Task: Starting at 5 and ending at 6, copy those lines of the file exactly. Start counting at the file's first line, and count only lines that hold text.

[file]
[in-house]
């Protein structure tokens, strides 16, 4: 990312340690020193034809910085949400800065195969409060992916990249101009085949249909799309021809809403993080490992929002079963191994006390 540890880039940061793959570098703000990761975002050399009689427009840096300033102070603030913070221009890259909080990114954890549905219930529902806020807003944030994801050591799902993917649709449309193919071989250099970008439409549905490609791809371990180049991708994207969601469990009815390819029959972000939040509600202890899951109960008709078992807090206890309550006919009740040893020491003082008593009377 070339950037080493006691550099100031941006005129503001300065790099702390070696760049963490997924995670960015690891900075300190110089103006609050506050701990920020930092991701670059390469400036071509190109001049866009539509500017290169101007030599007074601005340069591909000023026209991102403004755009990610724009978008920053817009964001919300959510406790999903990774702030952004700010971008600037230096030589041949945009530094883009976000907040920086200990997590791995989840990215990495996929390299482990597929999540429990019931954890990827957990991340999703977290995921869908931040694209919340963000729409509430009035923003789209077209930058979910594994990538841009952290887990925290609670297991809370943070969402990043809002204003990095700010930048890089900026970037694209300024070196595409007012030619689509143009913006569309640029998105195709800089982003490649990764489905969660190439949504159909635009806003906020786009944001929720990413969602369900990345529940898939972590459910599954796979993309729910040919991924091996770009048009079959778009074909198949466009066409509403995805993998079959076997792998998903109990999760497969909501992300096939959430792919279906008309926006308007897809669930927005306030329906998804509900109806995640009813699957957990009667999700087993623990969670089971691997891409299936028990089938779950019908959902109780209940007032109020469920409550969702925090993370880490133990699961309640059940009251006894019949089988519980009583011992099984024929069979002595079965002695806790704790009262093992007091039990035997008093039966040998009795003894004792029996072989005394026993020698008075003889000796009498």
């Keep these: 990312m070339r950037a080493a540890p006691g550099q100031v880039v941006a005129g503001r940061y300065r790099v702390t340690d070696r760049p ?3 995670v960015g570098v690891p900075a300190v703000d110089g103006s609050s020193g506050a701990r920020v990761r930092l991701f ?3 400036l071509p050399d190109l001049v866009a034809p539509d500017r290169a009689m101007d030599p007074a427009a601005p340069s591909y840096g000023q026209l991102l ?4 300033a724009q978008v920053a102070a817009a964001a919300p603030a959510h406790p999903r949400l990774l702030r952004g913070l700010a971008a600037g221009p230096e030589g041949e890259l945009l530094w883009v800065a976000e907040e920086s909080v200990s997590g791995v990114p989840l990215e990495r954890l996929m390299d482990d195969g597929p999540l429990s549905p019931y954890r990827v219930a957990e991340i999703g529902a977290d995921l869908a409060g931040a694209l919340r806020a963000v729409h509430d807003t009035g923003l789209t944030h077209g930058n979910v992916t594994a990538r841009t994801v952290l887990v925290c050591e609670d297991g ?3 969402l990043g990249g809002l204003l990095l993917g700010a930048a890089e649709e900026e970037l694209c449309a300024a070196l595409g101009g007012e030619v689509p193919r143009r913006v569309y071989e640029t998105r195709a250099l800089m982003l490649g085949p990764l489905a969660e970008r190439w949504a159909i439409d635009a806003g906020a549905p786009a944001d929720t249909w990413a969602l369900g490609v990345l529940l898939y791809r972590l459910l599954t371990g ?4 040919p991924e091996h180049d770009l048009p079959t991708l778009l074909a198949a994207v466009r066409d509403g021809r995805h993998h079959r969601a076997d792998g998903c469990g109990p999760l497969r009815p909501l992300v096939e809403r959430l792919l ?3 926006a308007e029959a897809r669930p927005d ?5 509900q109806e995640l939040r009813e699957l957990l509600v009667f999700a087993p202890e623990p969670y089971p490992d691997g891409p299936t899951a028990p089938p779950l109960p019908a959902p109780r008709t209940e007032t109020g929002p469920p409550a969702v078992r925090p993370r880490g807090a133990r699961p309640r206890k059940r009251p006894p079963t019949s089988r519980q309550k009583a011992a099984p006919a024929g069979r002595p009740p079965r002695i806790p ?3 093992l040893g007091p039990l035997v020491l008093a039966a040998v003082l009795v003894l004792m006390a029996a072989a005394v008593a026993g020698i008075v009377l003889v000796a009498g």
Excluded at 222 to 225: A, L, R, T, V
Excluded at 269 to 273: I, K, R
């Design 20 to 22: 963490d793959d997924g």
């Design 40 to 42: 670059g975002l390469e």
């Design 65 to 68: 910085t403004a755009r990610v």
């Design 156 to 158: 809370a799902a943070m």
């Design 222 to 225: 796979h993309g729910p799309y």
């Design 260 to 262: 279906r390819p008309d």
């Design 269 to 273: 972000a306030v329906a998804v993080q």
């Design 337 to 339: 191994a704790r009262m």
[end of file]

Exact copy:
Excluded at 269 to 273: I, K, R
């Design 20 to 22: 963490d793959d997924g």